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3.7 out of 5 stars32
3.7 out of 5 stars
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on 23 September 2009
Troubled by his mother's death, Hallam Foe (Bell) runs away to Edinburgh where he finds a woman who looks startling like his mother

The nature of Hallam Foe shows a young lad fighting an onslaught of emotions after the sudden and complicated death of his mother. The suspicious nature of the death plagues Hallam and from the very beginning we have a very real and interesting mystery drama on our hands.

British cinema has reawakened over the past 5 or so years. From the national biased and racist drama This is England to the sexual stereotyping social teens in Kidulthood our countries are not afraid to tackle significant and relative ideologies head on.

Hallam Foe, whilst encoding conceptual meaning of peeping toms, murder and family, doesn't have the scripting to suggest it is a preacher. It feels more established, like a string of events that keeps rolling and rolling until the sharp end is strung. Everything flows very smoothly and the progression of harmless nosey Parker to obsession becomes an infatuation ideology to comprehend.

The reasoning behind Hallam's curiosity is seemingly obvious and then picks up a whole different meaning after a shock night out. This 2007 picture packs a dramatic punch with Hallam's obsessive hobby and whilst the emotional depth may not be as strong as Tom Turgoose's character's bullied political stance, there is no denying the significant relevance of the, what is no now regarded as, perverse nature of the central protagonist.

Jamie Bell delivers a withdrawn stance as Hallam, a clever depiction for a character who wants to conform and say what he feels whilst holding himself in his own regard. The title character is strong to lead, adds the necessary drama whilst never letting up on the controversial stalker ideology whilst never being too in your face to be a preacher.

The scripting never makes you feel like you're being force fed issues and regulations like some British films do, as with East is East for example. Perhaps calling this a romantic love story with drama is too generalized. There is a significant heap of relevance and understanding to digest as Hallam tackles his way through a job with the knowledge of his step mother's nature on his conscious. Mystery, romance and drama are all present in a strongly knit script that packs comedy as well as drama.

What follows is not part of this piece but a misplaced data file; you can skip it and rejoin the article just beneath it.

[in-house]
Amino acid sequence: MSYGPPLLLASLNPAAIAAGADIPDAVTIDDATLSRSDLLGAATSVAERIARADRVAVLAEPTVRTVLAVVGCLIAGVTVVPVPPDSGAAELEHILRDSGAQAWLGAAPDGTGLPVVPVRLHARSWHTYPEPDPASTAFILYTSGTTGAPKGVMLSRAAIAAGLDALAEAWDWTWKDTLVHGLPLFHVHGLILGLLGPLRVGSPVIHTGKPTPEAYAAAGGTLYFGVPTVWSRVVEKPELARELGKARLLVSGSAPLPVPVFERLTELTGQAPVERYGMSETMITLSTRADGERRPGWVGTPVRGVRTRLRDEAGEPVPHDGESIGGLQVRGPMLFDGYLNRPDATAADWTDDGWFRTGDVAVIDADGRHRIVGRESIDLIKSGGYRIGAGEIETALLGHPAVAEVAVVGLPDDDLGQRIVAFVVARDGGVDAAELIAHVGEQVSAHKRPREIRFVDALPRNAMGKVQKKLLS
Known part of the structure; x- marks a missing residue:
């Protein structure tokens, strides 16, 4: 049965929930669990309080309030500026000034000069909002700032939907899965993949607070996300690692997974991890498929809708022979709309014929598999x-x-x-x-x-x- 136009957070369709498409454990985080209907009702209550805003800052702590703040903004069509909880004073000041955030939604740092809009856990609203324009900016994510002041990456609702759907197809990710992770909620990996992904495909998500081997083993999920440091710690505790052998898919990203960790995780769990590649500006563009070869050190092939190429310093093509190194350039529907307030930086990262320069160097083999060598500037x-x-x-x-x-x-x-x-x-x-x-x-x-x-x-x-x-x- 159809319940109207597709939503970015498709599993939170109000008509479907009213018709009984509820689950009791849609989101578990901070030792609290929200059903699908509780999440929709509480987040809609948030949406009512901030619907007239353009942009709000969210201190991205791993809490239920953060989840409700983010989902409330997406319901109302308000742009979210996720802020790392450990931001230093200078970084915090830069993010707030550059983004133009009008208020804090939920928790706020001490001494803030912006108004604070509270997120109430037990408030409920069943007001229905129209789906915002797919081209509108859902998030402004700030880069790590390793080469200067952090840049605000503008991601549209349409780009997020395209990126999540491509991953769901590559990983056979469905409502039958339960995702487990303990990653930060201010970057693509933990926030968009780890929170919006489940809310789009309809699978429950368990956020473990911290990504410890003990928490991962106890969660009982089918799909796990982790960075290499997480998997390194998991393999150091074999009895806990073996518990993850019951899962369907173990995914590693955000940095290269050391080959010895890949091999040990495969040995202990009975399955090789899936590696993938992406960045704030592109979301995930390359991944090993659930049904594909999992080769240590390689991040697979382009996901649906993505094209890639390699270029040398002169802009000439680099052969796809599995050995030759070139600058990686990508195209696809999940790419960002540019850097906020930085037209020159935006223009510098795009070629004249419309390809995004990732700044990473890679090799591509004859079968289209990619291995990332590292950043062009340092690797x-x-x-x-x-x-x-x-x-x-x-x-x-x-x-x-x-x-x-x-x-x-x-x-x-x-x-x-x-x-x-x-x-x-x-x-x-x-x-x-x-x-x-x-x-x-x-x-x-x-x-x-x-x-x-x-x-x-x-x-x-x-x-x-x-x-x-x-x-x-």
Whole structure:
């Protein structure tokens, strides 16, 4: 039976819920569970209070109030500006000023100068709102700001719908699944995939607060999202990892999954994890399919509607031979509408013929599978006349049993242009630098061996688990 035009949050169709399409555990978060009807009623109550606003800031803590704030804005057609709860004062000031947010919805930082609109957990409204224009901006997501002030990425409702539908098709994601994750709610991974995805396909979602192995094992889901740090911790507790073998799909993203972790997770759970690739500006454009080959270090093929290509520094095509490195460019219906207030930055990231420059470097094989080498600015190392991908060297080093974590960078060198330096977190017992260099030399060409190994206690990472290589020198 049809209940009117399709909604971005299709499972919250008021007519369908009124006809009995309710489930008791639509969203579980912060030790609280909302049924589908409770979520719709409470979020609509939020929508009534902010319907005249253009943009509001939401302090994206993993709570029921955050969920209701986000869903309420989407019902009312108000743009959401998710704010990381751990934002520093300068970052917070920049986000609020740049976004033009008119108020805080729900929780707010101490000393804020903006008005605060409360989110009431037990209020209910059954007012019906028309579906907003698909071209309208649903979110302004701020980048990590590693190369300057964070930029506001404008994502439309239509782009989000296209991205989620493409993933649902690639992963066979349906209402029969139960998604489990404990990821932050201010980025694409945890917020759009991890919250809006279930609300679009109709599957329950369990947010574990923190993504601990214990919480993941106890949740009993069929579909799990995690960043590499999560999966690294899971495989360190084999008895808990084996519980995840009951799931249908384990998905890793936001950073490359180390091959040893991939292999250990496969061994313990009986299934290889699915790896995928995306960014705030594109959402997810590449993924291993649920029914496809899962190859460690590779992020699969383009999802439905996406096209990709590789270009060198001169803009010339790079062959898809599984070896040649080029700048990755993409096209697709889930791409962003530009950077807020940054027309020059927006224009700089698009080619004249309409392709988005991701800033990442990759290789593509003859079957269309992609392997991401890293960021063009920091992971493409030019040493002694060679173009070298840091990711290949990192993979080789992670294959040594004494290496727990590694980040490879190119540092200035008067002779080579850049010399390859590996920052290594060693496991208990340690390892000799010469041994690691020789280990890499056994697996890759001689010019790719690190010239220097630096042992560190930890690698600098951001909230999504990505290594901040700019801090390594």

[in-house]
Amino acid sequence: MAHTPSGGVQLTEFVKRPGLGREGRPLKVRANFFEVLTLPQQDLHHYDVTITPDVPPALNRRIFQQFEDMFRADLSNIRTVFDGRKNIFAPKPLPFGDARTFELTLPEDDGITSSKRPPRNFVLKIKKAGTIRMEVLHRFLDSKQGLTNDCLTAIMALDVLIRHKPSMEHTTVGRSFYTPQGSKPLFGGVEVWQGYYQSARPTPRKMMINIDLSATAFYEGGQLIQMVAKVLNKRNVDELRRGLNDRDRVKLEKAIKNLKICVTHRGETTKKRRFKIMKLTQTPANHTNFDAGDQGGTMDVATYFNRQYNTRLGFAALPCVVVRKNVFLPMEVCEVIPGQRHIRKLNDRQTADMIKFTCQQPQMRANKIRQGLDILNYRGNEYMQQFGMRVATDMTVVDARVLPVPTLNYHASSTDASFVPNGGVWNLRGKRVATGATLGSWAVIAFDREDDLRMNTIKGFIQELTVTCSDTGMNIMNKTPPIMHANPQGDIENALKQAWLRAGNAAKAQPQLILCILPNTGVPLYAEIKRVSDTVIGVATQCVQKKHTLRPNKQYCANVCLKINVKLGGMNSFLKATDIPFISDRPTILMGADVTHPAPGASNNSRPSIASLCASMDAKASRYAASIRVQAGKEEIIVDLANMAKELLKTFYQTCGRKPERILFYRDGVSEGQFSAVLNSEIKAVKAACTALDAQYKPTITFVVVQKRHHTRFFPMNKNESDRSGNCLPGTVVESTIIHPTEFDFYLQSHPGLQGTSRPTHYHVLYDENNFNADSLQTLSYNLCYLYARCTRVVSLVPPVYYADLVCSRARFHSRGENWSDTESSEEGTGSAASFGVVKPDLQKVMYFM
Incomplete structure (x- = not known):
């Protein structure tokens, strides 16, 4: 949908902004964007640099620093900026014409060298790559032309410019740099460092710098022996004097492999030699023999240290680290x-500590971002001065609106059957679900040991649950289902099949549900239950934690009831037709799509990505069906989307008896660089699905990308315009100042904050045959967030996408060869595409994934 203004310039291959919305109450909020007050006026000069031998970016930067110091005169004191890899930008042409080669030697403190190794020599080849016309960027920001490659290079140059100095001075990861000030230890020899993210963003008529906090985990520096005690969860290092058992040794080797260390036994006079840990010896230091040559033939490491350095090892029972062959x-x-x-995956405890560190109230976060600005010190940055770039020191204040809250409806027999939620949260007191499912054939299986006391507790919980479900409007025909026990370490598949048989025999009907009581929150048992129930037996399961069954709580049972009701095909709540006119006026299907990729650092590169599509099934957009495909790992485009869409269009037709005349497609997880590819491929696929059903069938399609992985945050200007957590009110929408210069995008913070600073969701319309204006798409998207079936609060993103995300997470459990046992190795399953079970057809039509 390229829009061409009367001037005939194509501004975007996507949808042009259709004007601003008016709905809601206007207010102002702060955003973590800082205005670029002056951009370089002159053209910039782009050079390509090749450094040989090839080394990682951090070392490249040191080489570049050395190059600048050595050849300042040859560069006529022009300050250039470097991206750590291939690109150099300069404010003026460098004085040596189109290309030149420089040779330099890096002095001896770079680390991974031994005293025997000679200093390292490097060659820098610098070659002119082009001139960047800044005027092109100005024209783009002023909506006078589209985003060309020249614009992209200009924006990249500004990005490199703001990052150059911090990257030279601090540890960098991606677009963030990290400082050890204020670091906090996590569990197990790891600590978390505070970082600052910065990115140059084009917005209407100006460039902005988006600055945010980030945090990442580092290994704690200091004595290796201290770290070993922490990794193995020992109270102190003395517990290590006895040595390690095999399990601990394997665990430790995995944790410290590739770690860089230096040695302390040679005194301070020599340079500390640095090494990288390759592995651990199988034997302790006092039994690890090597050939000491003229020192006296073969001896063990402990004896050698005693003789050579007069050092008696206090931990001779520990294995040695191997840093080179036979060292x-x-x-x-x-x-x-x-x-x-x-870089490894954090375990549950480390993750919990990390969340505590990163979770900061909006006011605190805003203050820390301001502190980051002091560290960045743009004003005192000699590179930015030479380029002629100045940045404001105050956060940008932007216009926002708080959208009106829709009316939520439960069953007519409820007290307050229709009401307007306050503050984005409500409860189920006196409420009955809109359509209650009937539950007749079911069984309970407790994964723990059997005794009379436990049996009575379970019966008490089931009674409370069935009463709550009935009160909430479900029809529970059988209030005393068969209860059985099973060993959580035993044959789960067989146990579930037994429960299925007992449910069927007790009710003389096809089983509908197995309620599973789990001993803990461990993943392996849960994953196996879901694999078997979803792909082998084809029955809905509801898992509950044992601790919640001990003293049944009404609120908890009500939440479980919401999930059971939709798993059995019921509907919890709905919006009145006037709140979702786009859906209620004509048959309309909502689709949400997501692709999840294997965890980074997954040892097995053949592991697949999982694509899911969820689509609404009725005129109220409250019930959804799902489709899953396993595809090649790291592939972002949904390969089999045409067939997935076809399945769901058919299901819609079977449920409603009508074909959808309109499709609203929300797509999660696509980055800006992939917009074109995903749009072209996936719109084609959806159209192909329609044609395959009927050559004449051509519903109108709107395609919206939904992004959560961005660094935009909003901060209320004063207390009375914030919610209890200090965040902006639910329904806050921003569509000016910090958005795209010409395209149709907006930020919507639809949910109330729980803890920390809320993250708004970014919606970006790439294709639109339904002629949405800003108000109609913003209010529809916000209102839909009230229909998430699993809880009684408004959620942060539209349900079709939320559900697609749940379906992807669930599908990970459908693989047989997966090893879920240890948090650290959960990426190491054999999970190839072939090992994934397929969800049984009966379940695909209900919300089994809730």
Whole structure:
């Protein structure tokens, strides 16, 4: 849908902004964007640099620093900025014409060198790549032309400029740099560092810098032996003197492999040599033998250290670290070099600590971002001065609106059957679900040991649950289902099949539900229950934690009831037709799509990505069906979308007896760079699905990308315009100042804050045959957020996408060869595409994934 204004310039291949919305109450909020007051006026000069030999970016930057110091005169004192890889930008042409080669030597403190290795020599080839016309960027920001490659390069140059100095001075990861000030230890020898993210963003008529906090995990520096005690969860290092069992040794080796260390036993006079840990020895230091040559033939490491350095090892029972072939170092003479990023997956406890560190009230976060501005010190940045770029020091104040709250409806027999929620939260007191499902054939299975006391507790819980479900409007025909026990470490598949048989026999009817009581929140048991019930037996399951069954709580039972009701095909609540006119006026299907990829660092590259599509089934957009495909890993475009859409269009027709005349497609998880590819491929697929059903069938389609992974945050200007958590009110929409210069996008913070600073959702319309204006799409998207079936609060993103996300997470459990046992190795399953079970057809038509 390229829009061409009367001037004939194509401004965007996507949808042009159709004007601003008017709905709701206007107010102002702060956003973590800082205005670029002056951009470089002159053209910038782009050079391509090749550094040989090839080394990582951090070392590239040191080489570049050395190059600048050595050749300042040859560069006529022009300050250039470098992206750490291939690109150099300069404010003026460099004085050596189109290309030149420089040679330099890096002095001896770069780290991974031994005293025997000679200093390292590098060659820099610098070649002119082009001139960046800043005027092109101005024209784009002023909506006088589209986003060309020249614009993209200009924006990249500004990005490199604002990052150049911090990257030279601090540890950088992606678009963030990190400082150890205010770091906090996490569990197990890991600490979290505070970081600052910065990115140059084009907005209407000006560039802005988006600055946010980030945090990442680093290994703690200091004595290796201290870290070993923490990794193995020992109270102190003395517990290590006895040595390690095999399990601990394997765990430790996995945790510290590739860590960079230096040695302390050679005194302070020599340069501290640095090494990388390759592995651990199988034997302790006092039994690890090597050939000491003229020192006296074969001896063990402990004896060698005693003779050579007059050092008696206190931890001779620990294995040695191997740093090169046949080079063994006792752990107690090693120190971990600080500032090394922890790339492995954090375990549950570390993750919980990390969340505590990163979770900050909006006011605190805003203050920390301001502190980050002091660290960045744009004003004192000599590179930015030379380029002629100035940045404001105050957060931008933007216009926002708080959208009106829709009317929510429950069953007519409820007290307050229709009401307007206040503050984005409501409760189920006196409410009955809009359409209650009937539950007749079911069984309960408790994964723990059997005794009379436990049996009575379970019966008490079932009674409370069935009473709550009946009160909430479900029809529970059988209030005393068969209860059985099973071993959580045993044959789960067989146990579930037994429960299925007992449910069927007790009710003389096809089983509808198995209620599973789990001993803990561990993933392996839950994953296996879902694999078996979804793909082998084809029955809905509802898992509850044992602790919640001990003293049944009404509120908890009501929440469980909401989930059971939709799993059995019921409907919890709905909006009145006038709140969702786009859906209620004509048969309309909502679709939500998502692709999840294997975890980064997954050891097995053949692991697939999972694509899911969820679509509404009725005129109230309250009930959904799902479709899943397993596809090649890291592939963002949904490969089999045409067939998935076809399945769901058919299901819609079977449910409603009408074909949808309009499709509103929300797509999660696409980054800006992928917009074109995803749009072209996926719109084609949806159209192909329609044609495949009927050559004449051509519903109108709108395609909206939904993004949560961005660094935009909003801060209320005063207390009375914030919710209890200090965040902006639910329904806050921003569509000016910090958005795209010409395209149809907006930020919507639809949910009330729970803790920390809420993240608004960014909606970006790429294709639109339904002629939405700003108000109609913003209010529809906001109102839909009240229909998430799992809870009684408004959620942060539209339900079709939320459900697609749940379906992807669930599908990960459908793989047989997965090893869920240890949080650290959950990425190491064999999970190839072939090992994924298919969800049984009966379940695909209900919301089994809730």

As with your typical British film the scene setting and adjustment in context is spot on. The opening scenes of Hallam walking around the country are splendid but the best shot comes when he is climbing the roofs of Edinburgh with his boss.

What I must say is that whilst programmes such as Skins and films such as Brassed off all have relevance to real life is relative, Hallam Foe is perhaps a more established show that does not showcase its issues, and for that reason it is up there with the best British films. Not to mention it has the best soundtrack for any British film.

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on 12 December 2007
The story is an oblique one and reasonably well told but.... It gets a bit lost in places and really doesn't know where it is going. It could have been cut down but that would have made it a very small film indeed; so I guess it just needed a bit more content.
Performances were good so no criticism there and overall I enjoyed it but it should have been better.
A good film that could have been great.
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on 3 May 2016
Excellent service ~ very pleased ~ many thanks
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on 14 September 2015
I love this film. Subtle and interesting.
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TOP 500 REVIEWERon 29 May 2013
This 2007 film by British film-maker David Mackenzie (based on a novel by Peter Jinks) has many things going for it - a relatively original (at times, Billy Liar-like) Oedipus-based narrative, an evocative Glasgow setting and an impressively diverse musical soundtrack - but whilst Hallam Foe builds on the promise Mackenzie showed in his earlier films, The Last Great Wilderness and Young Adam, once again the film does not (for me, at least) quite fulfil its early potential.

The core of Hallam Foe's narrative concerns the eponymous hero (Jamie Bell), who suspects his newly ensconced step-mother Verity (Claire Forlani) of complicity in his mother's recent death. Hallam's obsession with this theory has led to him 'dropping out' of ordinary life and instead eccentrically inhabiting a tree house (whose wall is dominated by a photo of his idolised mother), daubing himself with his mother's make-up and spying on passers-by in his fantasy world. Following Verity's discovery of his voyeuristic hobby Hallam is forced out of his father's (Ciaran Hinds) country home and seeks employment in Glasgow as a hotel kitchen porter and where, between bouts of roaming the rooftops, he becomes obsessed with his mother-lookalike, fellow hotel worker Kate (Sophia Myles).